Ali Tayar: Systems & One-Offs
25 April - 15 June 2017
82 FRANKLIN ST NY 10013
R & Company is pleased to announce Ali Tayar: Systems & One-Offs, which opens at the gallery on April 25. The exhibition is the first comprehensive survey of the celebrated architect/designer since his death in 2016, and provides an overview of his multifaceted career. It is co-curated by Dung Ngo, a design editor and one of Tayar’s close friends. Tayar’s estate is earmarking proceeds from the exhibition to create a scholarship in his name towards Parsons School of Design in New York.
Ali Tayar received a traditional, engineering-focused, European architectural education. Drawing inspiration from mass production and modular systems, he developed a signature style, and an opus of original works that are both rational and poetic. Over the span of his career, Tayar worked in all scales, from small everyday objects to furniture prototypes, to architectural interiors and full-scale buildings. Tayar conceptualized his practice with a dual philosophical system, marrying a strong interest in modular design with his passion for classic modernism. “Ali called his studio Parallel Design,” Dung Ngo recalls, “as a recognition that his parallel practices in architecture, interiors, furniture, and product design all came out of the same design philosophy. These correlated thought processes resulted in a cohesive body of works that combined both rigorous aesthetics and evolving, flexible design concepts.”
Systems & One-Offs showcases Ali Tayar’s most compelling designs, objects and furniture. On view is one of Tayar’s earlier and most iconic pieces, “NEA Table, Version 1”. This transformed “ready-made” piece, created out of a molded recomposed wood pallet, cast aluminum, and glass exemplifies Tayar’s interest in and experimentation with found and new materials. This table, along with “Ellen’s Brackets”, a commissioned set of bookshelves, was Tayar’s design debut, and both were included in the 1995 MoMA exhibition Mutant Materials in Contemporary Design.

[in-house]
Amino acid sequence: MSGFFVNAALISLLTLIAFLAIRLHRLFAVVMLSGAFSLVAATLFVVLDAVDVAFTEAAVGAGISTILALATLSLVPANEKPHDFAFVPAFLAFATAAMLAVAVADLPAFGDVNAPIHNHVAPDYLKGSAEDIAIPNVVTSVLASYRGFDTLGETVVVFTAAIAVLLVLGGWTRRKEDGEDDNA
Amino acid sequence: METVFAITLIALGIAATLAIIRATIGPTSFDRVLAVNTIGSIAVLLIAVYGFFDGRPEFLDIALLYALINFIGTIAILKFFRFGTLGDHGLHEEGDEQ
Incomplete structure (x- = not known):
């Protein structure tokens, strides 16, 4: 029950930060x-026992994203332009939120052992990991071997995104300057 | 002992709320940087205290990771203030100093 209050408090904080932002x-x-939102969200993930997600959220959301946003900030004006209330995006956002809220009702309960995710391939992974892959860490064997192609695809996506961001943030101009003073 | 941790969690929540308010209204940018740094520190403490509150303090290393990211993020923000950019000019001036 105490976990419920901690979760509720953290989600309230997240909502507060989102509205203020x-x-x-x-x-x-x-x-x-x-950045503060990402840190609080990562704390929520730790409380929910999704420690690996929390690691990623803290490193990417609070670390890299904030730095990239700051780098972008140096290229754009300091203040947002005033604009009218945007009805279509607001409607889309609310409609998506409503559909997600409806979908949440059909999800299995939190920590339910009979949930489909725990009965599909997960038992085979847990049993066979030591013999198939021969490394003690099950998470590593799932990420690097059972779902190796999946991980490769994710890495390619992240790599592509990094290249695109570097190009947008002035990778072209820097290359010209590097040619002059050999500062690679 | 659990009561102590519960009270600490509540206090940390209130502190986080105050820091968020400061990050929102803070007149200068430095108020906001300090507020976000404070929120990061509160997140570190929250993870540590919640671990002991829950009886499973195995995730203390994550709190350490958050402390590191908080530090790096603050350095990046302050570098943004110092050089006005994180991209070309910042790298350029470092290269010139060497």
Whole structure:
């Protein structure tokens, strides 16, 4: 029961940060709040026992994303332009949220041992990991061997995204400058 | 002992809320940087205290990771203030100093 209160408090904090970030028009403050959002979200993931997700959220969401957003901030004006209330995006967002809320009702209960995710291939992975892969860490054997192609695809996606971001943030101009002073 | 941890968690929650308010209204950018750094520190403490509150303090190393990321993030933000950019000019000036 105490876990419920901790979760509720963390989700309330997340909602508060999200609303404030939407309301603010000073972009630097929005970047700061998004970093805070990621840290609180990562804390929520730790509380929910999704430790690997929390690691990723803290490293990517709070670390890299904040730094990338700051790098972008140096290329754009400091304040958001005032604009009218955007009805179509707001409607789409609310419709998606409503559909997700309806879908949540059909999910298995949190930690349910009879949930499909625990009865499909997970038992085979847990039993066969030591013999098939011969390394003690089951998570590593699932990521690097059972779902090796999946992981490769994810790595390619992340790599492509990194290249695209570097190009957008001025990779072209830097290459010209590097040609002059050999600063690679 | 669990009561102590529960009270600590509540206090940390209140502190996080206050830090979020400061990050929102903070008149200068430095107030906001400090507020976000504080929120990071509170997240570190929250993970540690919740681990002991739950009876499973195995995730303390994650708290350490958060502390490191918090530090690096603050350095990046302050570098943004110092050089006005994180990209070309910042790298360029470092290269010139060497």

Also on display is an example of the innovative workstation “ICON”, from his own office at Parallel Design, which is comprised of modular shelving units that can be arranged into configurations of various heights and widths. This piece was exhibited in the 2001 MoMA survey Workspheres and is presented in the exhibition alongside a stackable shelving system, in wood and aluminum from 1992, that can be similarly configured into various formats. Both of these multifunctional pieces are clear examples of Tayar’s aspiration to create flexible modular systems based on spatial context.
The exhibition also unveils a selection of rare ephemera including prototypes, architectural drawings and photographs that provide insight into Ali Tayar’s conceptual process, which was at the center of his practice. On view is a drawing for one of Tayar’s most memorable exteriors: the metal entrance he designed for Mark McDonald’s Gansevoort Gallery in New York’s Meatpacking district (1995 – 2002). The design was described by McDonald as “a brutal, massive, yet delicate design inspired by the gravity-based movement of carcasses of beef on the tracks, hooks, and pulleys throughout the meat-packing area.” The material from this particular work inspired Tayar to realize one of his most celebrated pieces, “Plaza Screen”, a unit system made of extruded aluminum panels that the user can assemble in any length and shape they desire.
The selection of works in Systems & One-Offs serves as a memoir, portraying Tayar’s creative process, his interest in unusual techniques and his innovative approach to materials. In 2001 Tayar stated, “Solutions can often be found by either utilizing existing process in new ways, as in the case of the extruded aluminum shelving bracket, or by investigating materials, such as molded particle board.” The exhibition draws together the diverse set of solutions Tayar achieved through all aspects of his design process. The collection of works on view demonstrates Ali Tayar’s fundamental objective of combining formal modernism and modular design into his own systematic ideology.